Scientists have been researching the development of so-called perovskite solar panels for years. A new breakthrough could now significantly reduce the price of common panels.
As part of the energy transition, many nations continue to rely on energy from the sun. Gigantic solar parks are being built all over the world that supply entire cities with energy during the day. But despite the significantly lower prices, solar panels are usually still relatively expensive. But that could change soon.
A research team at the University of Michigan recently achieved a breakthrough in solar technology. As a result, the prices for solar panels could fall two to four times in the medium term. This progress is based on the further development of perovskite solar cells.
Perovskite solar panels are more sustainable and efficient
After all, experts have been treating perovskite cells as a possible alternative to conventional silicon solar cells for years. Past studies have already demonstrated the comparatively cost-effective production and high efficiency of the alternative material. At the same time, production at lower temperatures is possible. For comparison: silicon panels require temperatures of over 1,000 degrees Celsius during production.
Perovskite therefore reduces both economic and environmental costs compared to traditional solar cells. However, the main problem lies in their poor durability in heat, humidity and air. This has so far led to little commercial use. The research team therefore focused on improving the durability of the cells.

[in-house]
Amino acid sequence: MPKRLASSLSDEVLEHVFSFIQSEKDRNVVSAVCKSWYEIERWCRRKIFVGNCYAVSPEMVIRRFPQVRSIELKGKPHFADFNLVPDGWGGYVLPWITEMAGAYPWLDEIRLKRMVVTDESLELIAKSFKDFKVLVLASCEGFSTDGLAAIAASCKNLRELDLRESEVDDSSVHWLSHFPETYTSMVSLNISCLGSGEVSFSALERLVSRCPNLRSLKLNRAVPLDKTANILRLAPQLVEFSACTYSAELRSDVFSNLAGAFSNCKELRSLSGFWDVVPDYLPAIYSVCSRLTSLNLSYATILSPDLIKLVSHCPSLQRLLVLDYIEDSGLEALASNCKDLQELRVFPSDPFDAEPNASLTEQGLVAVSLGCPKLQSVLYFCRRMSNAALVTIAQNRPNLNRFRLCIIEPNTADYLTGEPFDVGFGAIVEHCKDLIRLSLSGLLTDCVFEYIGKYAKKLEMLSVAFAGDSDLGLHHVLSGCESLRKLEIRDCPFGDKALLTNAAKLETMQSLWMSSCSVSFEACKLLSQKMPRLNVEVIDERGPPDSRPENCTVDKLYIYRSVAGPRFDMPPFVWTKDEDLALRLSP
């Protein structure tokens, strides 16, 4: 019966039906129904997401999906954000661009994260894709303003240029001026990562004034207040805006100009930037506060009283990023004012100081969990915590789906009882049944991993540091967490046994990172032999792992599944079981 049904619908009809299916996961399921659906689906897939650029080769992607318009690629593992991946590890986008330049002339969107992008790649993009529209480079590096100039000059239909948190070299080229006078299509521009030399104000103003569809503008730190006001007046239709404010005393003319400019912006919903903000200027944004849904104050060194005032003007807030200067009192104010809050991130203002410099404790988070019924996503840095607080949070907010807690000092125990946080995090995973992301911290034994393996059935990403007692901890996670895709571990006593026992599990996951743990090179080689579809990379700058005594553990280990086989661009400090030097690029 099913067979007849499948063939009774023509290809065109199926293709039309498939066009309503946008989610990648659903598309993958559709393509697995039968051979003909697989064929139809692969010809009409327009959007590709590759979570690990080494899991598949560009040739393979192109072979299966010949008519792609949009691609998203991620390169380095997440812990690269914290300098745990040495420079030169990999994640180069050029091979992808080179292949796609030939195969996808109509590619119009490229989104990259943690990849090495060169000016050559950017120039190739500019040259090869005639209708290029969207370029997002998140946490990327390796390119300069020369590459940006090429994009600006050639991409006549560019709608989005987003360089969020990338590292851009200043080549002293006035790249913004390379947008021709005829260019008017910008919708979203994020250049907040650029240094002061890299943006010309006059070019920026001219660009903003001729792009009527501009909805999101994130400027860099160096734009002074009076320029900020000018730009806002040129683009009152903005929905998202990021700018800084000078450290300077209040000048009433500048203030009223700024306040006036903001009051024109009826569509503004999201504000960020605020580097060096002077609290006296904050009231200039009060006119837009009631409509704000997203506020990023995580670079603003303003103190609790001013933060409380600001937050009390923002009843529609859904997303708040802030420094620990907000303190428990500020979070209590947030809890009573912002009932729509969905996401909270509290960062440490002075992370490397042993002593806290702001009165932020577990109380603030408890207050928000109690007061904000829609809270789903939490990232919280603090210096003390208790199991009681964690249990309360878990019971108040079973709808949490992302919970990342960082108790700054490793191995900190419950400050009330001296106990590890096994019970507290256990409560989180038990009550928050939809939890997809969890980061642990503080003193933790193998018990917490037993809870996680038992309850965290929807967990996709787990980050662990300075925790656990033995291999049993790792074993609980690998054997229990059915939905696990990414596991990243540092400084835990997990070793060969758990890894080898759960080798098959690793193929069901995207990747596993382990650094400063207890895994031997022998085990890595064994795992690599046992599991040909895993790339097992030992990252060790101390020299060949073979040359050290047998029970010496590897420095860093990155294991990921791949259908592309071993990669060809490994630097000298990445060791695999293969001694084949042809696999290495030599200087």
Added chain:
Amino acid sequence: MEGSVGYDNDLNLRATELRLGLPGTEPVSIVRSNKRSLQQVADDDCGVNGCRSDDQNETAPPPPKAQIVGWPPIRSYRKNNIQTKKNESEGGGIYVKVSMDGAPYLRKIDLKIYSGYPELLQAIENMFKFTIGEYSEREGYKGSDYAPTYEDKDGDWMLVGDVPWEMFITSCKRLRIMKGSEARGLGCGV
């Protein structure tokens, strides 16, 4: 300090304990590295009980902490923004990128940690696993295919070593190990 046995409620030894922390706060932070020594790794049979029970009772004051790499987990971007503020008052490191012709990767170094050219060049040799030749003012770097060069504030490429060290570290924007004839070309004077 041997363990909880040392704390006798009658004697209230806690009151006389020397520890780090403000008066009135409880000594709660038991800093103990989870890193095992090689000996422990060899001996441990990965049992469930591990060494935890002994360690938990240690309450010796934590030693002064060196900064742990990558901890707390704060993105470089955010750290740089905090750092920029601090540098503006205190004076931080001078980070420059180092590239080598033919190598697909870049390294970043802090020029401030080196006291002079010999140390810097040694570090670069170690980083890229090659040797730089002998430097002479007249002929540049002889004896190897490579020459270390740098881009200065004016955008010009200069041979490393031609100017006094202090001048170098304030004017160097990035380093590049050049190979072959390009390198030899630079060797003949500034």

Molecules bind lead atoms and prevent wear
The researchers discovered that so-called “defect-removing” molecules can significantly increase the stability of perovskite cells. These molecules bind uncoordinated lead atoms in the perovskite crystals, preventing further defects from forming at high temperatures.
By using different additives, the team was able to identify the ideal size and configuration of these molecules to maximize cell lifespan.
Another advantage of this technology is the ability to combine perovskite cells with traditional silicon cells to create so-called “tandem” solar cells. These could exceed the maximum theoretical efficiency of silicon solar cells. This could finally advance the acceptance and use of perovskite solar cells.